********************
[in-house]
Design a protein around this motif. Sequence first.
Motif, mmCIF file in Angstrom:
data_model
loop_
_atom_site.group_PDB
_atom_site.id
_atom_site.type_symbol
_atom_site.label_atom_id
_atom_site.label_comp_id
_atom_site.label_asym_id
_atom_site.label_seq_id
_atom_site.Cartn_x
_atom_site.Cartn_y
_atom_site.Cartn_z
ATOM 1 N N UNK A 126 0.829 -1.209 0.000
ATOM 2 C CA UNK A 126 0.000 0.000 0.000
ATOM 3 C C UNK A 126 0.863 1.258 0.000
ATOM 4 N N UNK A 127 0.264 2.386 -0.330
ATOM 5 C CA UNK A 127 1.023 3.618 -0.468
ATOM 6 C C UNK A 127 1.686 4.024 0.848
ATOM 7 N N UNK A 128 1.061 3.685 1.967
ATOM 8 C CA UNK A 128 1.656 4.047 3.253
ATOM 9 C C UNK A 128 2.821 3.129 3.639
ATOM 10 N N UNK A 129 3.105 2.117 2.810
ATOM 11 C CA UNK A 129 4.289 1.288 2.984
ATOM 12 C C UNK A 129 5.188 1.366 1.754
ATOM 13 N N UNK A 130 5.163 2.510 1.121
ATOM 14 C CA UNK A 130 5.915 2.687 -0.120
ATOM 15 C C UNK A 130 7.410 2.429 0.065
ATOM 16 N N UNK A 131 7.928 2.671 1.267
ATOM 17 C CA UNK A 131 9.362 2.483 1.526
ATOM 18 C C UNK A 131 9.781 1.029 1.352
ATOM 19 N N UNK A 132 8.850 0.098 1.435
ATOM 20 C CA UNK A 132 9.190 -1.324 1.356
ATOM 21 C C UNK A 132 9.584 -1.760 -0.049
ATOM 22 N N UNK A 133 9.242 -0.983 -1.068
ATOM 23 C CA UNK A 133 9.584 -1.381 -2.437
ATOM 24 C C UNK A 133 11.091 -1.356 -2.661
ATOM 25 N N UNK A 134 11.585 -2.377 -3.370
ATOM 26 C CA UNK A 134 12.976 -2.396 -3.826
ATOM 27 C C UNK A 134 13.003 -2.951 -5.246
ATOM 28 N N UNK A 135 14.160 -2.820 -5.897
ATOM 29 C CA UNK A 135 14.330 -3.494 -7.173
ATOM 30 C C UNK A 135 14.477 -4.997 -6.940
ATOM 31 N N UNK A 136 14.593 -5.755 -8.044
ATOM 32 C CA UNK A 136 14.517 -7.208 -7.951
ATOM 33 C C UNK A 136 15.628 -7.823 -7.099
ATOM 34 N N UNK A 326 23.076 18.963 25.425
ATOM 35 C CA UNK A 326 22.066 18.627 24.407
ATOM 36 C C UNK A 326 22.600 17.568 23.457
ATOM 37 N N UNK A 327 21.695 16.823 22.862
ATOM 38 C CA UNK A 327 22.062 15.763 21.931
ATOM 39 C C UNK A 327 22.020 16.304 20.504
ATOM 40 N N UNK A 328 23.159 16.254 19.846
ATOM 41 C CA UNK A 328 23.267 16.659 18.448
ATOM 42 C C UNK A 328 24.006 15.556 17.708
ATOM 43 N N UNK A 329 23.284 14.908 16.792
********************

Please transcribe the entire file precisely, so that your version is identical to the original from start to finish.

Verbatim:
[in-house]
Design a protein around this motif. Sequence first.
Motif, mmCIF file in Angstrom:
data_model
loop_
_atom_site.group_PDB
_atom_site.id
_atom_site.type_symbol
_atom_site.label_atom_id
_atom_site.label_comp_id
_atom_site.label_asym_id
_atom_site.label_seq_id
_atom_site.Cartn_x
_atom_site.Cartn_y
_atom_site.Cartn_z
ATOM 1 N N UNK A 126 0.829 -1.209 0.000
ATOM 2 C CA UNK A 126 0.000 0.000 0.000
ATOM 3 C C UNK A 126 0.863 1.258 0.000
ATOM 4 N N UNK A 127 0.264 2.386 -0.330
ATOM 5 C CA UNK A 127 1.023 3.618 -0.468
ATOM 6 C C UNK A 127 1.686 4.024 0.848
ATOM 7 N N UNK A 128 1.061 3.685 1.967
ATOM 8 C CA UNK A 128 1.656 4.047 3.253
ATOM 9 C C UNK A 128 2.821 3.129 3.639
ATOM 10 N N UNK A 129 3.105 2.117 2.810
ATOM 11 C CA UNK A 129 4.289 1.288 2.984
ATOM 12 C C UNK A 129 5.188 1.366 1.754
ATOM 13 N N UNK A 130 5.163 2.510 1.121
ATOM 14 C CA UNK A 130 5.915 2.687 -0.120
ATOM 15 C C UNK A 130 7.410 2.429 0.065
ATOM 16 N N UNK A 131 7.928 2.671 1.267
ATOM 17 C CA UNK A 131 9.362 2.483 1.526
ATOM 18 C C UNK A 131 9.781 1.029 1.352
ATOM 19 N N UNK A 132 8.850 0.098 1.435
ATOM 20 C CA UNK A 132 9.190 -1.324 1.356
ATOM 21 C C UNK A 132 9.584 -1.760 -0.049
ATOM 22 N N UNK A 133 9.242 -0.983 -1.068
ATOM 23 C CA UNK A 133 9.584 -1.381 -2.437
ATOM 24 C C UNK A 133 11.091 -1.356 -2.661
ATOM 25 N N UNK A 134 11.585 -2.377 -3.370
ATOM 26 C CA UNK A 134 12.976 -2.396 -3.826
ATOM 27 C C UNK A 134 13.003 -2.951 -5.246
ATOM 28 N N UNK A 135 14.160 -2.820 -5.897
ATOM 29 C CA UNK A 135 14.330 -3.494 -7.173
ATOM 30 C C UNK A 135 14.477 -4.997 -6.940
ATOM 31 N N UNK A 136 14.593 -5.755 -8.044
ATOM 32 C CA UNK A 136 14.517 -7.208 -7.951
ATOM 33 C C UNK A 136 15.628 -7.823 -7.099
ATOM 34 N N UNK A 326 23.076 18.963 25.425
ATOM 35 C CA UNK A 326 22.066 18.627 24.407
ATOM 36 C C UNK A 326 22.600 17.568 23.457
ATOM 37 N N UNK A 327 21.695 16.823 22.862
ATOM 38 C CA UNK A 327 22.062 15.763 21.931
ATOM 39 C C UNK A 327 22.020 16.304 20.504
ATOM 40 N N UNK A 328 23.159 16.254 19.846
ATOM 41 C CA UNK A 328 23.267 16.659 18.448
ATOM 42 C C UNK A 328 24.006 15.556 17.708
ATOM 43 N N UNK A 329 23.284 14.908 16.792